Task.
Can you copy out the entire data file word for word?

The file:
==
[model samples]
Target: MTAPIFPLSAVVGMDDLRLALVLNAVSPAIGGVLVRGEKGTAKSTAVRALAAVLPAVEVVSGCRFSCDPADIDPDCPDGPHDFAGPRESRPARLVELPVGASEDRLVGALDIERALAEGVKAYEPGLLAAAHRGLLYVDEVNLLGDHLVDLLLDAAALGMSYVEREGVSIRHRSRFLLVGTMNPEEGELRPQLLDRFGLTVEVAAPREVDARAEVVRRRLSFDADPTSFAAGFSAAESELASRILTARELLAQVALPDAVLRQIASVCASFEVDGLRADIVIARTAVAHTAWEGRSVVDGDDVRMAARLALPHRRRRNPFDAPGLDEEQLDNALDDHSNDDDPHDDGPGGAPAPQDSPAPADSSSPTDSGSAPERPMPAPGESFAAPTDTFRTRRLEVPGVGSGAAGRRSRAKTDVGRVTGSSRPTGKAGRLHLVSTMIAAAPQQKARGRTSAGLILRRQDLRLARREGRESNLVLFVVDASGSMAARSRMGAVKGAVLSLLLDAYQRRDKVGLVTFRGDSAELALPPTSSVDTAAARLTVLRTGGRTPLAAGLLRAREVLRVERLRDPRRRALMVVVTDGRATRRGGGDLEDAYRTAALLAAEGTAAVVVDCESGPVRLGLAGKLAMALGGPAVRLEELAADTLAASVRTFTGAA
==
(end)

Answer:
[model samples]
Target: MTAPIFPLSAVVGMDDLRLALVLNAVSPAIGGVLVRGEKGTAKSTAVRALAAVLPAVEVVSGCRFSCDPADIDPDCPDGPHDFAGPRESRPARLVELPVGASEDRLVGALDIERALAEGVKAYEPGLLAAAHRGLLYVDEVNLLGDHLVDLLLDAAALGMSYVEREGVSIRHRSRFLLVGTMNPEEGELRPQLLDRFGLTVEVAAPREVDARAEVVRRRLSFDADPTSFAAGFSAAESELASRILTARELLAQVALPDAVLRQIASVCASFEVDGLRADIVIARTAVAHTAWEGRSVVDGDDVRMAARLALPHRRRRNPFDAPGLDEEQLDNALDDHSNDDDPHDDGPGGAPAPQDSPAPADSSSPTDSGSAPERPMPAPGESFAAPTDTFRTRRLEVPGVGSGAAGRRSRAKTDVGRVTGSSRPTGKAGRLHLVSTMIAAAPQQKARGRTSAGLILRRQDLRLARREGRESNLVLFVVDASGSMAARSRMGAVKGAVLSLLLDAYQRRDKVGLVTFRGDSAELALPPTSSVDTAAARLTVLRTGGRTPLAAGLLRAREVLRVERLRDPRRRALMVVVTDGRATRRGGGDLEDAYRTAALLAAEGTAAVVVDCESGPVRLGLAGKLAMALGGPAVRLEELAADTLAASVRTFTGAA